Mine Is Menstruation, What Is Your Superpower?
Is menstruation and superpower two words that you never thought you would see or hear together? We've all heard the horror stories and probably experienced some of them ourselves. To be clear, getting my period isn't always fun and often it doesn't fit neatly into my busy schedule.
But isn't it true that for every bad there is always good? You know the saying 'every cloud has a silver lining.' Why don't we hear about or even celebrate the good in menstruation? I ask this question because no matter how bad, bad is... there is always an opportunity to find the good that comes out of the bad. So going right back to the basics... is menstruation really that bad?The other side to this is... couldn't women's experiences of menstruation be better?
In a groundbreaking Master's thesis by Ngahuia Murphy on pre-colonial Māori menstruation rites, Māori tōhuna Rose Rangimarie Pere asserts that menstruation was a time that women could give themselves to rest.
"When I menstruated I had to apply the 'tohi whakatapu' (the principle of restriction) to myself. I did not go to the gardens where there was food, of the beach to get kaimoana, but went to quiet spaces like our sacred sites, or did light duties around home" (Murphy 2011:88).
I don't know about you, but I have a feeling that if I was allowed to withdraw and rest while menstruating the blood and cramps wouldn't matter, or may even disappear.
Cuddled up in a warm bed with lots of pillows and blankets, hot water bottle for cramps, a cup of herbal tea, delicious book, partner cooking dinner and doing the household duties. Meditation, Yin yoga, walks in nature, contemplation and some time for creativity (writing, singing and art). Whatever this fantastic time of contemplation and self-love might look like for you!
If this was what my own time of menstruation looked like I would be happy to menstruate every single day of the year, bleeding included!
In fact, I might even look forward to it.
Many books delve into the topic of menstruation including 'Witch' and 'Love your Lady Landscapes' by Lisa Lister, 'Women's Wellness Wisdom' by Dr Libby Weaver and all of the books by Dr Christiane Northrup. Reading some of these has really opened up my head and my heart to the wonders of the womb and menstruation.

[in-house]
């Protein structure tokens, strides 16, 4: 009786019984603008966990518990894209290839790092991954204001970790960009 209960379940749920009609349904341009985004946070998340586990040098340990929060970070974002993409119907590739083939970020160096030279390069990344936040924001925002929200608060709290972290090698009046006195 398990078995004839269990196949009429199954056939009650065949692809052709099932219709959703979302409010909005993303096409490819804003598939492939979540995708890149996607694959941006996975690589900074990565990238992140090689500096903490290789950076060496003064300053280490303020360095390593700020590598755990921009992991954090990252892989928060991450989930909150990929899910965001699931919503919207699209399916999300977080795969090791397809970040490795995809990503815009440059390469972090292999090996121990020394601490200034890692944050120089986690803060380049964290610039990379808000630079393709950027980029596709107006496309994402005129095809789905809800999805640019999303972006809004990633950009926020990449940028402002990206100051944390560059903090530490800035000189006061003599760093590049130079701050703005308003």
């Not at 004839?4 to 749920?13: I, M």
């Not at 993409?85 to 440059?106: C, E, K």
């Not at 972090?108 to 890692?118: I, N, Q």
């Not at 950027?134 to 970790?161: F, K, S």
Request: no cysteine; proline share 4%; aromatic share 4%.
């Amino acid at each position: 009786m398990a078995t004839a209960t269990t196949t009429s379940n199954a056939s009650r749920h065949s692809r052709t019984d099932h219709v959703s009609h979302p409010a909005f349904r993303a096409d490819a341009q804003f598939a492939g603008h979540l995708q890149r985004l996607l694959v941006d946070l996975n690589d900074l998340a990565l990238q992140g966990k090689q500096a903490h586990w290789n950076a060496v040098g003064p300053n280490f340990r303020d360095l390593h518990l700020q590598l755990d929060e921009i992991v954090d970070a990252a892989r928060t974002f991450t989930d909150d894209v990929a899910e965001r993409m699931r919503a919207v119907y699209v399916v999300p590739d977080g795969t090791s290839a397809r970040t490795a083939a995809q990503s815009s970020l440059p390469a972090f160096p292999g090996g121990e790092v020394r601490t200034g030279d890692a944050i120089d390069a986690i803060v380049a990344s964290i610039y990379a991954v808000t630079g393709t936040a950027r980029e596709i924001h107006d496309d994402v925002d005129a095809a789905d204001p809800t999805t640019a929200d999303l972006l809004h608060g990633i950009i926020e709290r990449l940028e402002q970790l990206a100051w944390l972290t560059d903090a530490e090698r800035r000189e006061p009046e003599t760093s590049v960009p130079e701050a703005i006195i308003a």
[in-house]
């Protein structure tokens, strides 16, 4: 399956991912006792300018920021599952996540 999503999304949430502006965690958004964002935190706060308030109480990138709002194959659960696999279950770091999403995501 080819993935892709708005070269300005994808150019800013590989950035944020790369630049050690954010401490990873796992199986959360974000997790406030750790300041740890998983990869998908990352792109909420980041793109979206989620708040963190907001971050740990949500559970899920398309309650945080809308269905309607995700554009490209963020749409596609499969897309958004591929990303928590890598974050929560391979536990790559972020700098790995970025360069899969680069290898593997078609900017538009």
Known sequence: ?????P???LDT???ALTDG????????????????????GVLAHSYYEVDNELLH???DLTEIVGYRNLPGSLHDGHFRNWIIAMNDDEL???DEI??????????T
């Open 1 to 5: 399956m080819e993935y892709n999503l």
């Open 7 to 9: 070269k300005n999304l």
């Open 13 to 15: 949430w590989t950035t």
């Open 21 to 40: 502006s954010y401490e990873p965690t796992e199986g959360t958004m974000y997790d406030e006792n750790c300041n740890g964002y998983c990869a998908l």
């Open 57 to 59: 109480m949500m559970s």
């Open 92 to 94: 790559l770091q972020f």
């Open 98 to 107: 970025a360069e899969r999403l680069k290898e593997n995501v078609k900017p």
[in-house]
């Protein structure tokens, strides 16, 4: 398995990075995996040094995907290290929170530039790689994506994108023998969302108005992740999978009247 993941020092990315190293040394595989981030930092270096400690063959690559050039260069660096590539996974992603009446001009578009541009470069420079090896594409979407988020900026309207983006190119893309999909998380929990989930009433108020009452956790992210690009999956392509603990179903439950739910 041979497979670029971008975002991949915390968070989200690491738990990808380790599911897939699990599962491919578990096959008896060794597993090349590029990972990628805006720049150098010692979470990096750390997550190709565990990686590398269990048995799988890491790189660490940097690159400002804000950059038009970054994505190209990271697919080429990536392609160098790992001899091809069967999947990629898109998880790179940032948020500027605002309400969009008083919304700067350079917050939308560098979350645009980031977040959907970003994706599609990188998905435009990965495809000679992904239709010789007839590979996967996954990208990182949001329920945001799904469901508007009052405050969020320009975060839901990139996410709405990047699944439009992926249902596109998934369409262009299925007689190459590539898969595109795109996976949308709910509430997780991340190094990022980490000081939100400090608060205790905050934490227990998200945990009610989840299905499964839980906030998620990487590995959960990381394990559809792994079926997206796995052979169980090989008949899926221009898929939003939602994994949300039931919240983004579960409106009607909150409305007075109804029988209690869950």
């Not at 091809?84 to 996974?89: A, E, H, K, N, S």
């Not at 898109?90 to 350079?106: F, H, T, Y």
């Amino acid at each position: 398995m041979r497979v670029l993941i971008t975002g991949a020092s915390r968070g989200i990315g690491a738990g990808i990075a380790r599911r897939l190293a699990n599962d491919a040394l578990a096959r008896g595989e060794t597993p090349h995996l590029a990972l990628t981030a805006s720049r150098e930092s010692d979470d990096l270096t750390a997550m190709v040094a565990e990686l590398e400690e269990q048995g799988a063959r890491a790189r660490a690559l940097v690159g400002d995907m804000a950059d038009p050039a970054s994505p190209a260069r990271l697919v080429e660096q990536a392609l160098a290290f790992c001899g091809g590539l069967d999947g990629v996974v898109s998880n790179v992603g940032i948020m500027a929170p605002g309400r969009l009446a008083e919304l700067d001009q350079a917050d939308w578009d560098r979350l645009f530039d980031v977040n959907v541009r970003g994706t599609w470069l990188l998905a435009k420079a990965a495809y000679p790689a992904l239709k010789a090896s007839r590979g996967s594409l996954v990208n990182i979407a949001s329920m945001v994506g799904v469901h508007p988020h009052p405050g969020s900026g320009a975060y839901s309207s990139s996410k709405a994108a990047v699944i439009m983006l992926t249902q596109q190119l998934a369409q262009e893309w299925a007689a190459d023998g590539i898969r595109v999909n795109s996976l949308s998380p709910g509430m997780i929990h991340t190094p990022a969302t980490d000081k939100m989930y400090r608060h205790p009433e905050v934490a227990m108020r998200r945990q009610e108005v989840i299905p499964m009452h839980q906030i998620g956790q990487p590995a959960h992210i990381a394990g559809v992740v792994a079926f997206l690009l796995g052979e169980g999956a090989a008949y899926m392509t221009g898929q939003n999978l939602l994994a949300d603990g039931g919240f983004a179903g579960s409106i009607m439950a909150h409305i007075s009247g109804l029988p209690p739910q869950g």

From their teachings, I have learnt that a womb is a place of creation where babies (WOW) and creative ideas (OMG) are nurtured and birthed. SERIOUSLY AMAZING. I've also touched on teachings about Shakti or feminine energy in Hinduism, which I had heard yoga teachers mention in their classes but apparently didn't have any real understanding of what it meant. Shakti in Love, Your Lady Landscapes, is described as energy held in our womb/pelvic area which is released with each menstrual cycle.
Below I've listed some of the superpowers you too might experience during your cycle (as taken from Love your Lady Landscapes by Lisa Lister):
Heightened psychic and;
Ability to push through creative blocks
Time for speaking your mind
Instinctively know the best direction in life to take
Be super clear about our purpose in life.
Easily connect to the feminine energy.
Restore sexual, creative and spiritual energy
Cope easily with change
Forgive and forget
But the number one superpower I uncovered was that for Māori the womb of women is known as whare tangata or the house of humanity. Let's look at that phrase again... the house of humanity. The source of humanity. The point of the creation of humanity. I mean seriously our wombs are where humanity comes from!!!!!! How powerful is that? If our collective wombs being the house of humanity isn't a superpower, then I don't know what is. Superman might have been strong and able to fly but was his womb known as the house of humanity!?! I don't THINK so.
Suddenly the things about being a women that I had always thought of as annoying (periods, menstruation, emotions and anger) had been re-framed as superpowers. For me and my body, I knew that this felt right, more right than my previous condemnation of what it meant to be a woman. I now own these superpowers, and I'm going to start using them and looking forward to ALL aspects of my monthly cycle.
Though maybe getting work to excuse my partner and me to cook all meals will take some time. Where there is a will, there is a way :D
Recommended for further reading:
Te Awa Atua/Menstruation in the Pre-Colonial World by Ngāhuia Murphy
Waiwhero/the Red Waters by Ngāhuia Murphy
Te Awa Atua, Te Awa Tapu, Te Awa Wahine: An examination of stories, ceremonies and practices regarding menstruation in the pre-colonial Māori world (Masters Thesis) by Ngahuia Murphy
Women’s Bodies, Women’s Wisdom by Dr Christiane Northrup
Women's Wellness Wisdom by Dr Libby Weaver
Love your Lady Landscape by Lisa Lister
Witch by Lisa Lister
Have you experienced your own superpowers? Do you take time out of your busy life to show love for yourself during menstruation? If so I would love to hear from you in the comments below.
Aroha nui x
Awa Wahine, Editor Ataria Sharman is an avid reader and writer. Her manuscript for young adults fiction novel was selected to take part in Te Papa Tupu 2018 - a programme for selected Maori writers facilitated by Huia Publishers and the Maori Literature Trust.